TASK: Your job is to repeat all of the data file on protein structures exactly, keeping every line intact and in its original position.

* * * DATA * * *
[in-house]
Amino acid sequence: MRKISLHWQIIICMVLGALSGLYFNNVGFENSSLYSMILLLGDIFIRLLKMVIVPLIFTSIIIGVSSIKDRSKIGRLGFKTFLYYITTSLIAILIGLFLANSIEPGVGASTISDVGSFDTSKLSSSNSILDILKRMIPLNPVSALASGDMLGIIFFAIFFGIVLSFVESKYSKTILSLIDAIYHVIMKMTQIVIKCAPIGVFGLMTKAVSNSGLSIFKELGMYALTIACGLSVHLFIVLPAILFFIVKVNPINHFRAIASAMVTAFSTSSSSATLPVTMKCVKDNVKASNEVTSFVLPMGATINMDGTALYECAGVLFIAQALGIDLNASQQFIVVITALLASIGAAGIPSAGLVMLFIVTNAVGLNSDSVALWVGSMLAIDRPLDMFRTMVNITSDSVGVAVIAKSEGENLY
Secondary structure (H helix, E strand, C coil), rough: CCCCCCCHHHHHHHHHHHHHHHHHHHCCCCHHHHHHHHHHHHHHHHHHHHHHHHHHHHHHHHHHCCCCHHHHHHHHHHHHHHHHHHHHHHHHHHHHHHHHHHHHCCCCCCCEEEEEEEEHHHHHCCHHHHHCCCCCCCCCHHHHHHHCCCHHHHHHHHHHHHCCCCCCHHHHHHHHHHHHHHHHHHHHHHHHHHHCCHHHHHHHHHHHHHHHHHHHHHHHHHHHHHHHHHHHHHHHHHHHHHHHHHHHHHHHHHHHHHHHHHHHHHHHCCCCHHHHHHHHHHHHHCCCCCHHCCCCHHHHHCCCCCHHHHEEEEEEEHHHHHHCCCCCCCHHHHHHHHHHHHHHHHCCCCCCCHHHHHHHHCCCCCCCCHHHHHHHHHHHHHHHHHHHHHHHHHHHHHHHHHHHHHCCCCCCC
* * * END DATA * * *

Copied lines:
[in-house]
Amino acid sequence: MRKISLHWQIIICMVLGALSGLYFNNVGFENSSLYSMILLLGDIFIRLLKMVIVPLIFTSIIIGVSSIKDRSKIGRLGFKTFLYYITTSLIAILIGLFLANSIEPGVGASTISDVGSFDTSKLSSSNSILDILKRMIPLNPVSALASGDMLGIIFFAIFFGIVLSFVESKYSKTILSLIDAIYHVIMKMTQIVIKCAPIGVFGLMTKAVSNSGLSIFKELGMYALTIACGLSVHLFIVLPAILFFIVKVNPINHFRAIASAMVTAFSTSSSSATLPVTMKCVKDNVKASNEVTSFVLPMGATINMDGTALYECAGVLFIAQALGIDLNASQQFIVVITALLASIGAAGIPSAGLVMLFIVTNAVGLNSDSVALWVGSMLAIDRPLDMFRTMVNITSDSVGVAVIAKSEGENLY
Secondary structure (H helix, E strand, C coil), rough: CCCCCCCHHHHHHHHHHHHHHHHHHHCCCCHHHHHHHHHHHHHHHHHHHHHHHHHHHHHHHHHHCCCCHHHHHHHHHHHHHHHHHHHHHHHHHHHHHHHHHHHHCCCCCCCEEEEEEEEHHHHHCCHHHHHCCCCCCCCCHHHHHHHCCCHHHHHHHHHHHHCCCCCCHHHHHHHHHHHHHHHHHHHHHHHHHHHCCHHHHHHHHHHHHHHHHHHHHHHHHHHHHHHHHHHHHHHHHHHHHHHHHHHHHHHHHHHHHHHHHHHHHHHHCCCCHHHHHHHHHHHHHCCCCCHHCCCCHHHHHCCCCCHHHHEEEEEEEHHHHHHCCCCCCCHHHHHHHHHHHHHHHHCCCCCCCHHHHHHHHCCCCCCCCHHHHHHHHHHHHHHHHHHHHHHHHHHHHHHHHHHHHHCCCCCCC